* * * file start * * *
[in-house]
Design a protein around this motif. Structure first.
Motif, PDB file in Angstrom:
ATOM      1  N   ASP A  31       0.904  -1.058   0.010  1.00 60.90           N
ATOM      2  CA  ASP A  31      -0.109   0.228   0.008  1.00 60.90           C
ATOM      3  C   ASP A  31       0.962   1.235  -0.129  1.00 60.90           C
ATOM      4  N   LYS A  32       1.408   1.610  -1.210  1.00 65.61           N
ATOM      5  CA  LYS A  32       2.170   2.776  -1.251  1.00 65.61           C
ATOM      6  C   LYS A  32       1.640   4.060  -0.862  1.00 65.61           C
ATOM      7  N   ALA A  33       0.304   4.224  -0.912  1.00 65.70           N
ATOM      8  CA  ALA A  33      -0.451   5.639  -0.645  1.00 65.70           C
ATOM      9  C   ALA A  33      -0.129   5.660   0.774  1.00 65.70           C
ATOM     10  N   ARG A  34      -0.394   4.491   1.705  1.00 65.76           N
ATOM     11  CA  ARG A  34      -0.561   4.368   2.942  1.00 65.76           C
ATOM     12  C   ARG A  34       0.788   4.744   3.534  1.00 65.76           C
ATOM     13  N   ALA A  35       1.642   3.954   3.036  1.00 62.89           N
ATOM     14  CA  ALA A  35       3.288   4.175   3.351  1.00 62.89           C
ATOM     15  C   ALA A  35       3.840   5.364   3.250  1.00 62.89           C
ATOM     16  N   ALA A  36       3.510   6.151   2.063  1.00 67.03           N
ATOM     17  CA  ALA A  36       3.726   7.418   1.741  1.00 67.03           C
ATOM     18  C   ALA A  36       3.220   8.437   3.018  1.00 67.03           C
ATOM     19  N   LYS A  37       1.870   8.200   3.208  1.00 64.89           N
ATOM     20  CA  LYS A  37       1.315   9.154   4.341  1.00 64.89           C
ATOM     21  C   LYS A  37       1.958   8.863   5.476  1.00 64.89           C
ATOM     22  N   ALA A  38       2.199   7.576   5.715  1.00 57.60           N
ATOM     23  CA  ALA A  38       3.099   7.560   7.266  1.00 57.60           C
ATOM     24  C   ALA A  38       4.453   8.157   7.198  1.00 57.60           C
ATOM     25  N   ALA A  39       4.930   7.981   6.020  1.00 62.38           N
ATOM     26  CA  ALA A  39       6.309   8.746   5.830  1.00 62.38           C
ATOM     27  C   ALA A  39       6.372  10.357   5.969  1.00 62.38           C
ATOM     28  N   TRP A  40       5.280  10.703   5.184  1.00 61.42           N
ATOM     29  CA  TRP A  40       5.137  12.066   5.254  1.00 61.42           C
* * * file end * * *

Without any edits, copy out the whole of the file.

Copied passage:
[in-house]
Design a protein around this motif. Structure first.
Motif, PDB file in Angstrom:
ATOM      1  N   ASP A  31       0.904  -1.058   0.010  1.00 60.90           N
ATOM      2  CA  ASP A  31      -0.109   0.228   0.008  1.00 60.90           C
ATOM      3  C   ASP A  31       0.962   1.235  -0.129  1.00 60.90           C
ATOM      4  N   LYS A  32       1.408   1.610  -1.210  1.00 65.61           N
ATOM      5  CA  LYS A  32       2.170   2.776  -1.251  1.00 65.61           C
ATOM      6  C   LYS A  32       1.640   4.060  -0.862  1.00 65.61           C
ATOM      7  N   ALA A  33       0.304   4.224  -0.912  1.00 65.70           N
ATOM      8  CA  ALA A  33      -0.451   5.639  -0.645  1.00 65.70           C
ATOM      9  C   ALA A  33      -0.129   5.660   0.774  1.00 65.70           C
ATOM     10  N   ARG A  34      -0.394   4.491   1.705  1.00 65.76           N
ATOM     11  CA  ARG A  34      -0.561   4.368   2.942  1.00 65.76           C
ATOM     12  C   ARG A  34       0.788   4.744   3.534  1.00 65.76           C
ATOM     13  N   ALA A  35       1.642   3.954   3.036  1.00 62.89           N
ATOM     14  CA  ALA A  35       3.288   4.175   3.351  1.00 62.89           C
ATOM     15  C   ALA A  35       3.840   5.364   3.250  1.00 62.89           C
ATOM     16  N   ALA A  36       3.510   6.151   2.063  1.00 67.03           N
ATOM     17  CA  ALA A  36       3.726   7.418   1.741  1.00 67.03           C
ATOM     18  C   ALA A  36       3.220   8.437   3.018  1.00 67.03           C
ATOM     19  N   LYS A  37       1.870   8.200   3.208  1.00 64.89           N
ATOM     20  CA  LYS A  37       1.315   9.154   4.341  1.00 64.89           C
ATOM     21  C   LYS A  37       1.958   8.863   5.476  1.00 64.89           C
ATOM     22  N   ALA A  38       2.199   7.576   5.715  1.00 57.60           N
ATOM     23  CA  ALA A  38       3.099   7.560   7.266  1.00 57.60           C
ATOM     24  C   ALA A  38       4.453   8.157   7.198  1.00 57.60           C
ATOM     25  N   ALA A  39       4.930   7.981   6.020  1.00 62.38           N
ATOM     26  CA  ALA A  39       6.309   8.746   5.830  1.00 62.38           C
ATOM     27  C   ALA A  39       6.372  10.357   5.969  1.00 62.38           C
ATOM     28  N   TRP A  40       5.280  10.703   5.184  1.00 61.42           N
ATOM     29  CA  TRP A  40       5.137  12.066   5.254  1.00 61.42           C